Overcommitted? Here Are Some Good Time Management Tips

If you are overcommitted, your first line of defense is to learn to use the word “no

Photo: Unsplash/@ericayon10

Photo: Unsplash/@ericayon10

If you are overcommitted, your first line of defense is to learn to use the word “no.” Practice saying it the next time someone asks you to cat-sit, or help them move on short notice. Be polite, of course, but realize you are not obligated to do something just because a friend (or significant other) has asked you to. A recent article in Good Housekeeping talks about major time traps to look out for: procrastinating, committing to too many things, failing to prioritize, and being late are all bad habits that can create more stress for you, as well as the people around you who are depending on you.

When you are trying constantly to please everyone, you may end up pleasing no one. You may even notice people responding to you with anger, resentment, or (most unpleasant of all) pity. Changing your ways isn’t easy, but it can surely be done. Make a commitment to trying at least one or two of these ideas this month, and continue 2018 with confidence, and calmness.

Try delegating some of your responsibilities to save time and/or money. Some people think it’s smart to multitask, but scientists have determined that what we think of as doing several things at once is really just switching back and forth between activities rapidly—and that this primarily leads to doing several things poorly.

Take Care With Multitasking

Photo: Unsplash/@ericayon10

With that said, some activities are so compatible that they can, in fact, be performed simultaneously—such as getting some exercise and walking your dog. But once you add pushing a baby in a stroller, and answering e-mails on your smart phone, you could end up in an accident. Doing one thing (or two very similar things) at a time will lead to less overall stress, and more thorough completion of each task.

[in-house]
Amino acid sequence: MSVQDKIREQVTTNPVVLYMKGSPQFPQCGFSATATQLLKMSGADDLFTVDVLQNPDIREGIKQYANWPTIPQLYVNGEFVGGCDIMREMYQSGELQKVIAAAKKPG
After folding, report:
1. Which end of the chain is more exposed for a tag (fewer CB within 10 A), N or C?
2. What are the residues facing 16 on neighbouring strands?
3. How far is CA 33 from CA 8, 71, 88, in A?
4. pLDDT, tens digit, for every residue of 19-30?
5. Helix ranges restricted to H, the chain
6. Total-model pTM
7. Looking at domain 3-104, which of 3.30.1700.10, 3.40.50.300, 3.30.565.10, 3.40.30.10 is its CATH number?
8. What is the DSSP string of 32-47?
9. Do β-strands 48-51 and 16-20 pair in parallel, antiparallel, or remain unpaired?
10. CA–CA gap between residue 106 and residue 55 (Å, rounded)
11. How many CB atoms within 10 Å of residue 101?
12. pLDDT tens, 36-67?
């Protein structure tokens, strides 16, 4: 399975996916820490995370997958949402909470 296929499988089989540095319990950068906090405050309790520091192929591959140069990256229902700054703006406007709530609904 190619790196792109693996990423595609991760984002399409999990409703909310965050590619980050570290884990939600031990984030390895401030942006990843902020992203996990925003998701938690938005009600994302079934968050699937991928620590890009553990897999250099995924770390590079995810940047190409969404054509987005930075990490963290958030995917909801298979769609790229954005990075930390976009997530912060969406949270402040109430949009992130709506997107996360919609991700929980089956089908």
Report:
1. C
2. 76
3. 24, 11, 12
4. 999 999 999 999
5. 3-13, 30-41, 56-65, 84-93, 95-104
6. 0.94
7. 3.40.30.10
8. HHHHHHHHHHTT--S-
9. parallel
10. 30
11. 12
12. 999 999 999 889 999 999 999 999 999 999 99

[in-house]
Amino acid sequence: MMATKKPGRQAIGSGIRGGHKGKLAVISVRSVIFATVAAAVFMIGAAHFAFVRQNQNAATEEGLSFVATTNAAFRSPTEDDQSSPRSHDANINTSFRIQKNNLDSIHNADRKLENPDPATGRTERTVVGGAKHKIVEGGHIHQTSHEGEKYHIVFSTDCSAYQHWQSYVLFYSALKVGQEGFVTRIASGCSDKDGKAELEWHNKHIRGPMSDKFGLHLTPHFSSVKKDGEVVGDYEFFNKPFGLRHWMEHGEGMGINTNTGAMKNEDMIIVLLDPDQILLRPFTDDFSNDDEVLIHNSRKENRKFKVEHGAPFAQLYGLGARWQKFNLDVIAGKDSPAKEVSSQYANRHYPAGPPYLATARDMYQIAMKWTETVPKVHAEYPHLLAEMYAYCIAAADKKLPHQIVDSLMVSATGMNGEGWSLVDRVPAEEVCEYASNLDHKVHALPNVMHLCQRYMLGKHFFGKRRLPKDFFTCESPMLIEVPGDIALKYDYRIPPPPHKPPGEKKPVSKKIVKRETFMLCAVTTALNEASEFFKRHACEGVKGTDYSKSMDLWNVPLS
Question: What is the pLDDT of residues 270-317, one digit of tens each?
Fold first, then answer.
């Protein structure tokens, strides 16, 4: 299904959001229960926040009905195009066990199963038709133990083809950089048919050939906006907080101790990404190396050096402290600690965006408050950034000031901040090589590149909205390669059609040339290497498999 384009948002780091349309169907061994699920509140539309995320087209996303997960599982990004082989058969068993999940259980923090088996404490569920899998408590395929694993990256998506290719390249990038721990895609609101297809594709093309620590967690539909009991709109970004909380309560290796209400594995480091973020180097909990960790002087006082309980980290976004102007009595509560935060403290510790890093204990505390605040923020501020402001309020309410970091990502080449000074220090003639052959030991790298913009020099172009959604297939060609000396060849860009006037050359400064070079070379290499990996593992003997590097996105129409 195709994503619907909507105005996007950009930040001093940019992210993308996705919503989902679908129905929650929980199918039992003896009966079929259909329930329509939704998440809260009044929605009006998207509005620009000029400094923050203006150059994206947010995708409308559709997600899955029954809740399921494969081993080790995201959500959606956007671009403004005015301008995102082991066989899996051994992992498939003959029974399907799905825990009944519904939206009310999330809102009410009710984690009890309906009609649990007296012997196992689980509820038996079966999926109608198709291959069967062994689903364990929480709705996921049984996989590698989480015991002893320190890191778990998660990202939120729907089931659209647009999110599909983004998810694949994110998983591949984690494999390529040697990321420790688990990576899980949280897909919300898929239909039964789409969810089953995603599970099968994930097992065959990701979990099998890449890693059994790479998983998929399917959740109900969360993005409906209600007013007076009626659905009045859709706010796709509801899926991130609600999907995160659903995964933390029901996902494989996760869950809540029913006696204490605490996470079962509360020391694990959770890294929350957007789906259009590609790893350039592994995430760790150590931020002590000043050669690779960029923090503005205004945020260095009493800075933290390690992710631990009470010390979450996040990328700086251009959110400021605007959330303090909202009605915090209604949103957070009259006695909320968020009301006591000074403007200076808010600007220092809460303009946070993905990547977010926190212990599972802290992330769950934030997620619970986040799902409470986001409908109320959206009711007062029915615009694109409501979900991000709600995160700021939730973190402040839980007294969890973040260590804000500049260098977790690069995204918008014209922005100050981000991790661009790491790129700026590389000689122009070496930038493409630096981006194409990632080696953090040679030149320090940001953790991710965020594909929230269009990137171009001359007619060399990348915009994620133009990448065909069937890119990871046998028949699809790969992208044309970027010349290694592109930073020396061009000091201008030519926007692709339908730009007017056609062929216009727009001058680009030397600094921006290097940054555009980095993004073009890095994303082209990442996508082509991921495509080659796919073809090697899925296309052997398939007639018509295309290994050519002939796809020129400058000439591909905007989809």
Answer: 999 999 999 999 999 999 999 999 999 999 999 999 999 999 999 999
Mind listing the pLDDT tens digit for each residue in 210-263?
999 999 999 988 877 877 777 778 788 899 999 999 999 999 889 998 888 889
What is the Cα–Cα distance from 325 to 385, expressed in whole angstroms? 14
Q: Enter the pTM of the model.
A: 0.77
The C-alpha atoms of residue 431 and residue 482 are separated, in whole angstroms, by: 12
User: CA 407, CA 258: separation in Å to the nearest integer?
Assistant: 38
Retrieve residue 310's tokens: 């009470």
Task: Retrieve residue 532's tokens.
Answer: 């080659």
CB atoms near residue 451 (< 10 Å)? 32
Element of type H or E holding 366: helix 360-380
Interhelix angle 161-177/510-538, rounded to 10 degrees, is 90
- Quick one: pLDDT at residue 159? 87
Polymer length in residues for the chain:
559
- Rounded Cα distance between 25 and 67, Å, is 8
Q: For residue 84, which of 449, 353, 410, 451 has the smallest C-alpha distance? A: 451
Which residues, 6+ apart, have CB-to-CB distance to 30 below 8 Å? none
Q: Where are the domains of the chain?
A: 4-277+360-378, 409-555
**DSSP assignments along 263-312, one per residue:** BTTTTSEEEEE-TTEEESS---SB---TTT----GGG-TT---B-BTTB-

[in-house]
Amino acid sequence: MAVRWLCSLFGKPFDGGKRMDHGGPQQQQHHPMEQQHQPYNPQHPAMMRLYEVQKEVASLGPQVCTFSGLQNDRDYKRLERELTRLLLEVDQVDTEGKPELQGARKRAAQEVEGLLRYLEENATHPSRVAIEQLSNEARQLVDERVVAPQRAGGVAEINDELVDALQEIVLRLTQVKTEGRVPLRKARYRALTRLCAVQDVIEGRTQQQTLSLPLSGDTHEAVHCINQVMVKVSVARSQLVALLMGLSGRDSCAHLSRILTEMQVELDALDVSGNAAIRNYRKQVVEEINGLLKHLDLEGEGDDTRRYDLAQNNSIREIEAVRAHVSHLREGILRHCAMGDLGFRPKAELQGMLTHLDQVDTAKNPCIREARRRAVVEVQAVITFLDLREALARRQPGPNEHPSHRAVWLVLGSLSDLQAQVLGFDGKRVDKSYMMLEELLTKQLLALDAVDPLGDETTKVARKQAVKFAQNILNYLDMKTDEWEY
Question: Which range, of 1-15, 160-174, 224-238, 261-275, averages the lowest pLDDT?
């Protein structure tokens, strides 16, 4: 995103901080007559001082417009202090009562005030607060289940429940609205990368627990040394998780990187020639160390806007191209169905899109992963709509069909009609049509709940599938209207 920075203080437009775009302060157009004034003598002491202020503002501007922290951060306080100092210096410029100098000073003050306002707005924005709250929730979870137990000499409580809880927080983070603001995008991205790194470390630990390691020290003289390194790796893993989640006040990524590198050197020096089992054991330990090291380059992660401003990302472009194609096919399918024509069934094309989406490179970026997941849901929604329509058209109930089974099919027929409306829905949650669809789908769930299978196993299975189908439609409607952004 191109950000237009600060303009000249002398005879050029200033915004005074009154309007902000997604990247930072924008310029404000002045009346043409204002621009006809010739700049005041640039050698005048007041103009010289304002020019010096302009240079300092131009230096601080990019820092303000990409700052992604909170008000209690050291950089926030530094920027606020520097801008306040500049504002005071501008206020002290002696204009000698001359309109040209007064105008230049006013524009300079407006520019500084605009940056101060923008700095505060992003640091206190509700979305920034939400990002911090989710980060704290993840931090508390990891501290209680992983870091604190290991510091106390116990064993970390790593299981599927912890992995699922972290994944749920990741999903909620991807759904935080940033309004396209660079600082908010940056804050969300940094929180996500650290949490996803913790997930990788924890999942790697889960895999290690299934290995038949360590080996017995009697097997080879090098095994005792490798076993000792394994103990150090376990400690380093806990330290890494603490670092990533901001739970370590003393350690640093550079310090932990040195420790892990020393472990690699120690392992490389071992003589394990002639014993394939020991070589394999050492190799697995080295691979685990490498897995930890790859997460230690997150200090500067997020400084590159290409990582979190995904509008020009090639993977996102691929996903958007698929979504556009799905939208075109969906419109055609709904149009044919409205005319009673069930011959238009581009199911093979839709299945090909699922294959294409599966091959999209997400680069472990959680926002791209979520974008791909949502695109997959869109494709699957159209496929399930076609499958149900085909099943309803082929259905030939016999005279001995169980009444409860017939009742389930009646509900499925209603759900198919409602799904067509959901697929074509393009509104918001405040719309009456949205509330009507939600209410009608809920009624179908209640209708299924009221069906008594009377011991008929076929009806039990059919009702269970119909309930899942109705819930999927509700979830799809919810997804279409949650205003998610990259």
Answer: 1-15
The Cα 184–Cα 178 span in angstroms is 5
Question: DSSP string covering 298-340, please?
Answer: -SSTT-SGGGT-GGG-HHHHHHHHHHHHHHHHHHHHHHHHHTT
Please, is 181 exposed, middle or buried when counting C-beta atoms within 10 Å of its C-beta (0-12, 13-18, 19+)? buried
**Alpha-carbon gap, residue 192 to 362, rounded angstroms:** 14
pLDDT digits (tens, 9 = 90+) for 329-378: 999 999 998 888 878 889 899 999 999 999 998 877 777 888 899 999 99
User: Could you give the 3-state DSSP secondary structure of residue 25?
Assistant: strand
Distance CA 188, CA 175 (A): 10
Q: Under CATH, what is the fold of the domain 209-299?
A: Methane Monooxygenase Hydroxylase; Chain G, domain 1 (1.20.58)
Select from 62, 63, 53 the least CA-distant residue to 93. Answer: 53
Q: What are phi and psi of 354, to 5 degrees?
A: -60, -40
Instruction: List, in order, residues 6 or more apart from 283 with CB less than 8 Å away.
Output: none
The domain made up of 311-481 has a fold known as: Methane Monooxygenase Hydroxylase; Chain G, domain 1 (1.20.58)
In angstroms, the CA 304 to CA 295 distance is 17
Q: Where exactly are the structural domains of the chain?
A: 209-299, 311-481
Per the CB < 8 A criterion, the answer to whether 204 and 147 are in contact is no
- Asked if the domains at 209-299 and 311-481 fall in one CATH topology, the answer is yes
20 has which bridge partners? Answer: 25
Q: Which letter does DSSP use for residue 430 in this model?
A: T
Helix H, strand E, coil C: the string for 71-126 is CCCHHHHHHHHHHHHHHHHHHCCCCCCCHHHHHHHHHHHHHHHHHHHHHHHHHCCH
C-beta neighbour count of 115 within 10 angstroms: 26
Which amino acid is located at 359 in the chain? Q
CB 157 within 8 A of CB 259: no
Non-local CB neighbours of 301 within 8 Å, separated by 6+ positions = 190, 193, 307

Having Clarity of Goals and Life Purpose

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You can save a tremendous amount of time by crossing off the unimportant issues on your to-do list, and focusing on the high priority items. Before you decide what’s important and what isn’t, clarify for yourself what you are trying to accomplish—not just today, but this week, this month, and this year. When setting goals, use the SMARTER system: specific, measurable, attainable, realistic, timely, ethical, and reasonable.


Organize Your Space to Organize Your Mind

Photo: Unsplash/@ugmonk

You know the stressful feeling when you walk into a messy room? Now picture a serene space: an indoor garden, perhaps, or a spa. The physical environments we live in affect our emotional states; even thinking about a room can change how we feel. So in the name of greater productivity in 2018, consider decluttering: getting rid of old, outdated, and obsolete items in your home, office, and car. Some people like to use Feng Shui, an ancient Chinese art of placement, to decorate their office or home. Through this practice, they can better concentrate, relax, and draw in positive energy, wealth, and opportunities. Finally, let go of anger, expectations, and resentment, so that you have more energy to move forward and do well in life.

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career strategies Multitasking Time Management
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